NHT (Now Hear This) is known for building value-oriented, high-performance speaker systems that feature innovative designs and construction techniques. A good example would be NHT’s versatile Verve Large Theater system, which can serve as a tabletop or wall-mounted system and is intended to be a perfect complement to today’s popular flat panel TVs— especially to models that, like the Verve system, are finished in gloss black.
Astute readers will note that the Verve system was reviewed in the final issue of The Perfect Vision, but that—at the time—its suggested retail price was $2300. We’re revisiting the system here for two reasons. First, NHT’s new owners have dropped the price of the system to $1500. Second, despite NHT’s recommendation that owners “not use any automated speaker setup functions,” we wanted to try the Verve system with and without a good room EQ system to see if we could tap additional performance potential.
The Verve Large Theater system consists of a trio of three-way/four-driver Verve Large satellites (used as L/C/R speakers), a pair of three-way/ three-driver Verve Small satellites (used as surrounds), and a 200-watt Verve V Woofer. The satellites sport innovative technology in the form of enclosures formed from a dense, acoustically inert material called bulk-molding compound (or BMC); the speaker cabinets feature curved sidewalls that help prevent unwanted internal reflections.
NHT says the Verve satellites are voiced to sound best when placed within about 1.5-feet of walls, making this system be perfect for settings where the speakers will be placed alongside stand- or wall-mounted flat panel TVs. Accordingly, Verve satellites come fitted with tabletop stands that can position the speakers vertically for L/R use or horizontally as center channels, though users can remove the stands if they want to use the built-in keyhole slots to hang the speakers directly on the wall. The V Woofer, in turn, is a slim, slab-like subwoofer also designed for placement against walls (or beside a couch). Because the V Woofer is intended solely for use with the Verve satellites, it provides minimal controls: a bottom-mounted power switch and front-mounted volume control. Unlike most subwoofers in its class, the V Woofer features a non-vented acoustic suspension enclosure said to foster tighter bass and better transient response.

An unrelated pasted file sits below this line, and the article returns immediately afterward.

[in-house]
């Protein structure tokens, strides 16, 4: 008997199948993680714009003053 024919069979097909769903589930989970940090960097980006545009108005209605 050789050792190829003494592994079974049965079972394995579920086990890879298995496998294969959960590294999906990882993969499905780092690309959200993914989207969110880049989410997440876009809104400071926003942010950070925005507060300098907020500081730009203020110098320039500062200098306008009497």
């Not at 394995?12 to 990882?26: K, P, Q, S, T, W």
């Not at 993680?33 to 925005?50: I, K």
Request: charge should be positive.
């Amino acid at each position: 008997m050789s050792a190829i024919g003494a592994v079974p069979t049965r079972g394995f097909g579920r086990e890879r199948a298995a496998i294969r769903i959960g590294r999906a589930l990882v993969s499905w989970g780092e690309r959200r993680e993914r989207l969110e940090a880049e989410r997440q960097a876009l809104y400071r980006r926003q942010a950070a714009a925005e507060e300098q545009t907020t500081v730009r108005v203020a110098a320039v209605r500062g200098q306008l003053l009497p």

Tip: The Verve system opens up and develops a more full-bodied sound as you give it playing time.
When used without room EQ, the voicing of the Verve system falls somewhat to the warmer and darker side of neutrality, though not to an excessive degree. Your results might vary from ours, however, depending upon where you place the speakers relative to the back wall. The system also produced firm and robust bass, though not super deeply extended bass. Those familiar with the sound of typical vented woofers might find the V Woofer’s bass initially seems somewhat more lightly balanced, but the offsetting benefit is that the NHT’s bass also tends to sound tighter, punchier, and better-defined (different strokes for different folks). The system’s surround sound imaging is a notable strength, especially in terms of filling in information coming from the sides of the soundstage.
Once we tried the Verve system with room EQ engaged, our eyes and ears were opened. Where we would have called the system’s tonal balance good (but not great) without EQ, it became very good to excellent with EQ in play. Overall openness, detail, and resolution improved as well, leading us to think that—despite NHT’s precautions—a good room EQ system can help lift this system to a different and better level of performance. At its best, the system is a very good imager, makes pleasingly taut bass, and offers resolution that falls slightly (but only slightly) behind the best in this class.
Because the Verve satellites are slightly less sensitive than some in our survey you’ll need a bit more power to achieve equivalent volume levels. But when cranking up the volume, be aware that the V Woofer has less dynamic headroom than the satellites do. If you accidentally push the sub beyond its limits, as happened to us when playing the “Under Attack” battle scene from Master and Commander at exuberant volumes, the V Woofer may shut itself down (the woofer’s power light remains lit, but bass output just goes away). If shutdown occurs, simply toggle the power switch to reset the woofer.